The gift of acceptance
(Updated Saturday 18 April 2020, 21.20)
Just over fifty years ago the Swiss psychiatrist Elisabeth Kübler-Ross introduced a new way of understanding grieving. According to Kübler-Ross, although almost all of us who are grieving begin by denying the reality of our situation, we end up accepting our loss after having gone through intermediate stages that include anger and depression. Kübler-Ross’s ‘five stages of grief’, as they have become known, are not now considered an entirely helpful way of understanding the grieving process. But it is undoubtedly the case that reaching the end-point, acceptance, is highly significant for those who are grieving. However hard-won, acceptance enables us to begin a new stage of life that is deeply informed by our loss but not completely dominated by it.
Although the current restrictions on our lifestyle are as nothing compared with the grief that comes with losing a loved one, some of the reactions I have seen on social media bear a striking resemblance to Kübler-Ross’s theoretical model. This should not surprise us: being asked to forego so much of what we have always taken for granted is a kind of loss - and anger and depression at such loss is understandable. But in the end, and however difficult to achieve in our present circumstances, a state of gracious acceptance is what is most likely to bring about a healthy spiritual and mental state of mind. And if we refuse to allow the loss of so much that is familiar to dominate our thoughts, we will in turn be able to approach life after the restrictions start to be lifted with a heightened sense of thankfulness for the gifts of this life that are so often overlooked, especially the simple joys of social interaction and the accompanying physical signs of friendship.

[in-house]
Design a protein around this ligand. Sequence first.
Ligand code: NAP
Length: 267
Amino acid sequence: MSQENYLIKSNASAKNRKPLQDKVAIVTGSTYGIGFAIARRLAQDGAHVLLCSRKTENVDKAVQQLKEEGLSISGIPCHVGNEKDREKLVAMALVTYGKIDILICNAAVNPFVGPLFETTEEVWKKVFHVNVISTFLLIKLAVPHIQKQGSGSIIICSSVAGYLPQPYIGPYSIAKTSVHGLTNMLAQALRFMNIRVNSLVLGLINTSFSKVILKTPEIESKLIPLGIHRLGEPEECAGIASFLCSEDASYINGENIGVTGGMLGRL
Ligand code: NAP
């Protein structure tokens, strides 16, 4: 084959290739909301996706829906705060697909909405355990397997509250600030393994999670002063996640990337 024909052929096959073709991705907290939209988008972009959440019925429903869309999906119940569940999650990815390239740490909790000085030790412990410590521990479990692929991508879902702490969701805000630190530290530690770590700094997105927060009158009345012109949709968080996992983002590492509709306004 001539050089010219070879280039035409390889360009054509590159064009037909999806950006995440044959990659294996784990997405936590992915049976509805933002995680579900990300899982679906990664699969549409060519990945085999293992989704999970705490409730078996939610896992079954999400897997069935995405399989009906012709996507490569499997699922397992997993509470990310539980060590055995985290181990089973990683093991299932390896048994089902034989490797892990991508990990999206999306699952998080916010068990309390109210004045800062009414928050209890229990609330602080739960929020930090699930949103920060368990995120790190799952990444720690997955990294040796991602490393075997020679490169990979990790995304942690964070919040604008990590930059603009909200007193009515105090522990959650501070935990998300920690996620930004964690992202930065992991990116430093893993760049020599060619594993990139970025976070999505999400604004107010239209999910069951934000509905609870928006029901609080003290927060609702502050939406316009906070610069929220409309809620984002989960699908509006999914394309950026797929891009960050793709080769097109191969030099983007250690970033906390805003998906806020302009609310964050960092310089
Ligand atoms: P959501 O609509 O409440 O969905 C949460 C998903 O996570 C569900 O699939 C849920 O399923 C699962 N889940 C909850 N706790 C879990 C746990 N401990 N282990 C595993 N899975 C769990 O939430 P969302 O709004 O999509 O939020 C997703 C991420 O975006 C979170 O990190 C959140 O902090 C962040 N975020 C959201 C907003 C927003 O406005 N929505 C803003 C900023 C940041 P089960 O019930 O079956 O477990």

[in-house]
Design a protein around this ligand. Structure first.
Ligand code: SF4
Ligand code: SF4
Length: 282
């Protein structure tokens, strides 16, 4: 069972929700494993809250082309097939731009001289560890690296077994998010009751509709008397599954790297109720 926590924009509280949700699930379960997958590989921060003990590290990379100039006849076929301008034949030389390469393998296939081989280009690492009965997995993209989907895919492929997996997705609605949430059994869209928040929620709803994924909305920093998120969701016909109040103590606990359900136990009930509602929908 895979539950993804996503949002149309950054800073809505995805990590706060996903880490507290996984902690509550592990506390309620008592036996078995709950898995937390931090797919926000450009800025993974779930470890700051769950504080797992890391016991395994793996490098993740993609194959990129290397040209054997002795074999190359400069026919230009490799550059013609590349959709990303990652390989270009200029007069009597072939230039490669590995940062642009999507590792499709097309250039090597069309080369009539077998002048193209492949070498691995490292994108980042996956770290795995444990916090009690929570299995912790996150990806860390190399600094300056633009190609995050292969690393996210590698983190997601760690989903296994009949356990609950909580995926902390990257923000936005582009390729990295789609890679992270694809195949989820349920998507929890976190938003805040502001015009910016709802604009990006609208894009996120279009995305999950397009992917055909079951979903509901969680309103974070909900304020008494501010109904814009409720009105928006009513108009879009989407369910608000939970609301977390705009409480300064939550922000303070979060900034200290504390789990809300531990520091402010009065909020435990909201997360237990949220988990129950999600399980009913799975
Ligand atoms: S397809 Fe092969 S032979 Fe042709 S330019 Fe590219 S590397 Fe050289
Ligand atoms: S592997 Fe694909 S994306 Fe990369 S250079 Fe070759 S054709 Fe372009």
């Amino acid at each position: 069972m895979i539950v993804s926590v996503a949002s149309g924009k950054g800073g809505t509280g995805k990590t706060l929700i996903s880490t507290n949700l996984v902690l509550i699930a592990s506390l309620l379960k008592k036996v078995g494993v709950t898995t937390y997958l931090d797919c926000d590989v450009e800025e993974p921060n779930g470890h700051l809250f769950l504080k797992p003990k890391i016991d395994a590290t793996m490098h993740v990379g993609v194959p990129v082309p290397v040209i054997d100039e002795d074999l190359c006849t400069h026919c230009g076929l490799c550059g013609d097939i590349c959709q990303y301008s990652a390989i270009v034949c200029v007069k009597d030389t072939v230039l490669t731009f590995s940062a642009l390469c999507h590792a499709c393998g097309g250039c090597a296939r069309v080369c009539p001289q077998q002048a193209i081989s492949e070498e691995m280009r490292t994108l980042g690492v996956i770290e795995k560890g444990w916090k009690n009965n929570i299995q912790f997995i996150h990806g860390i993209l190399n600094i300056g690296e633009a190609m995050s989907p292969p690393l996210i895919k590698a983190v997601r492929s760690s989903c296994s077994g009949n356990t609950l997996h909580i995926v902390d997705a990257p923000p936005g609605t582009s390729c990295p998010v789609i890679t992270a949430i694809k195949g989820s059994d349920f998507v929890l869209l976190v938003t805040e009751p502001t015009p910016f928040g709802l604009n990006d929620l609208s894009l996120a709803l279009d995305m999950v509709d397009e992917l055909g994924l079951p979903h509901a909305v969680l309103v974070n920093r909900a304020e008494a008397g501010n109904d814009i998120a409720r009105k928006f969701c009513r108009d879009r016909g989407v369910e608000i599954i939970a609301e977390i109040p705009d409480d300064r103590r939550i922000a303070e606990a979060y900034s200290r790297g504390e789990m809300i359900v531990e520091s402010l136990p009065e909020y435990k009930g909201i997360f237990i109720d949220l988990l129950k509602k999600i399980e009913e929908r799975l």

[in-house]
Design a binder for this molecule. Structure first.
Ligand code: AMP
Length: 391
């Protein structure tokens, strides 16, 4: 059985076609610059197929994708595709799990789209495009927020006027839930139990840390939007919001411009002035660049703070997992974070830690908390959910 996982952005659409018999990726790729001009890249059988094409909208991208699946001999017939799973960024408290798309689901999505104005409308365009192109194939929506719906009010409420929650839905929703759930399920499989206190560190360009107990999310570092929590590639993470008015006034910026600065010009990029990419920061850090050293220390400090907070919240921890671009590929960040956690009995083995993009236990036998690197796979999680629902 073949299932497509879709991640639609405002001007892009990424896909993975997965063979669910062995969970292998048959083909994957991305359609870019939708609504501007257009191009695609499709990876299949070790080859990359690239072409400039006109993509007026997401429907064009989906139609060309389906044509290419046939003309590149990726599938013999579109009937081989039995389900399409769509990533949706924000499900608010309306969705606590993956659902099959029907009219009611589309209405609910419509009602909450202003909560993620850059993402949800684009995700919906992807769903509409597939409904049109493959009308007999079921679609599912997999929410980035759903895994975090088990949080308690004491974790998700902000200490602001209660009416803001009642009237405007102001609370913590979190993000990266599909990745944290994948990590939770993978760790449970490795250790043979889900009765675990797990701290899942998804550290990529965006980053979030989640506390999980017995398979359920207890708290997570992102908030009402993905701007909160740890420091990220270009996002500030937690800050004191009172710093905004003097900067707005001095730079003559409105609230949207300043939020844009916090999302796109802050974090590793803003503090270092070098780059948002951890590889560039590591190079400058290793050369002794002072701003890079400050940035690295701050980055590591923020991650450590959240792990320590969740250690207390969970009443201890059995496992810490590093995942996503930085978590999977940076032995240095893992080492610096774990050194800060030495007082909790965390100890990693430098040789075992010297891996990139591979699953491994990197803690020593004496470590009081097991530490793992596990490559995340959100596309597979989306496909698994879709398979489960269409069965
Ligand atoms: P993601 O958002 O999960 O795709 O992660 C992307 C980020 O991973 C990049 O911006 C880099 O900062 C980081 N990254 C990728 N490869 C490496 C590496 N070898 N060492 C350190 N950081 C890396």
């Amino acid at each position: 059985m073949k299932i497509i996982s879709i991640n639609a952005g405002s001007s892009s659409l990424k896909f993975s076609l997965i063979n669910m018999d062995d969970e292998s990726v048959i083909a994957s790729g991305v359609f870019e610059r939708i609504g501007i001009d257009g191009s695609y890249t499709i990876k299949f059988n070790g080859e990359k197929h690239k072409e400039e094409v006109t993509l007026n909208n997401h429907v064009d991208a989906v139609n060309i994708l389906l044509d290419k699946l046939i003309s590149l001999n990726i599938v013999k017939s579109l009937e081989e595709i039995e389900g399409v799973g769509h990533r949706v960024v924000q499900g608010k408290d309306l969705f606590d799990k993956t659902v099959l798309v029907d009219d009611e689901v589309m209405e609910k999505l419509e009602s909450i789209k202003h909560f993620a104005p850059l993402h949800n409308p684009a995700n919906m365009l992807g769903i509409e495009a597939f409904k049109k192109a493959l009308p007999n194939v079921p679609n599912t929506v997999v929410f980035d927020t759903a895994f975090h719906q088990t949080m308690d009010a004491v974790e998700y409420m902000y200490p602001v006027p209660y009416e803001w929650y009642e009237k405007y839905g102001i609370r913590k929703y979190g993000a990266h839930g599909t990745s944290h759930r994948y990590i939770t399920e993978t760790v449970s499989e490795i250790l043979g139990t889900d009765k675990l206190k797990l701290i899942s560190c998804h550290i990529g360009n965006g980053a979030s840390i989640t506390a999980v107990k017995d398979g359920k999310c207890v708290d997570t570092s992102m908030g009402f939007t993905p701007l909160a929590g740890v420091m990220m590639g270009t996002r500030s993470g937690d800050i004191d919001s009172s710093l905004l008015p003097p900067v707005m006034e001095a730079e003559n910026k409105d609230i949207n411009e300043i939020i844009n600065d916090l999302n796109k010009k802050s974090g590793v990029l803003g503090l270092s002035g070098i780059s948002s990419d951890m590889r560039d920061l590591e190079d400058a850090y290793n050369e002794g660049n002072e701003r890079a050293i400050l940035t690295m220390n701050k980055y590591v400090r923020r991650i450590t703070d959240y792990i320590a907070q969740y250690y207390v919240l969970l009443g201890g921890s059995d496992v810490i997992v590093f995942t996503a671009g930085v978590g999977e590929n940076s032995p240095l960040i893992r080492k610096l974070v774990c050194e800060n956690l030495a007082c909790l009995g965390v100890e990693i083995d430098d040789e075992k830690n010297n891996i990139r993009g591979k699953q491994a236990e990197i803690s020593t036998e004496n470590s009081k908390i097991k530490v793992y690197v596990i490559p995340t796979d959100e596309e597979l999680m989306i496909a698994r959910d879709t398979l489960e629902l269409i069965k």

A former Bishop of Sheffield, Jack Nicholls, was fond of saying that at the heart of the Christian faith are parties and prayer. It was a good turn of phrase, but contained a profound truth which is derived from the ministry of Jesus. In the Gospels Jesus is very often found eating and drinking in the company of others. In fact he was criticised for this: the Son of Man has come eating and drinking, and you say, “Look, a glutton and a drunkard” ... (Luke 7.34). But at other times Jesus withdrew from others completely - examples of what we might call voluntary social distancing. So just before Luke describes the great banquet that the tax collector Levi gives for Jesus, he tells us that Jesus would withdraw to deserted places and pray (Luke 5.16). As we face a continued period of restriction on what we are able to do and where we are able to go we need to accept that the parties must wait. For now, let us be thankful that we have prayer - our own and others’ - to sustain us.
With my own prayers and good wishes,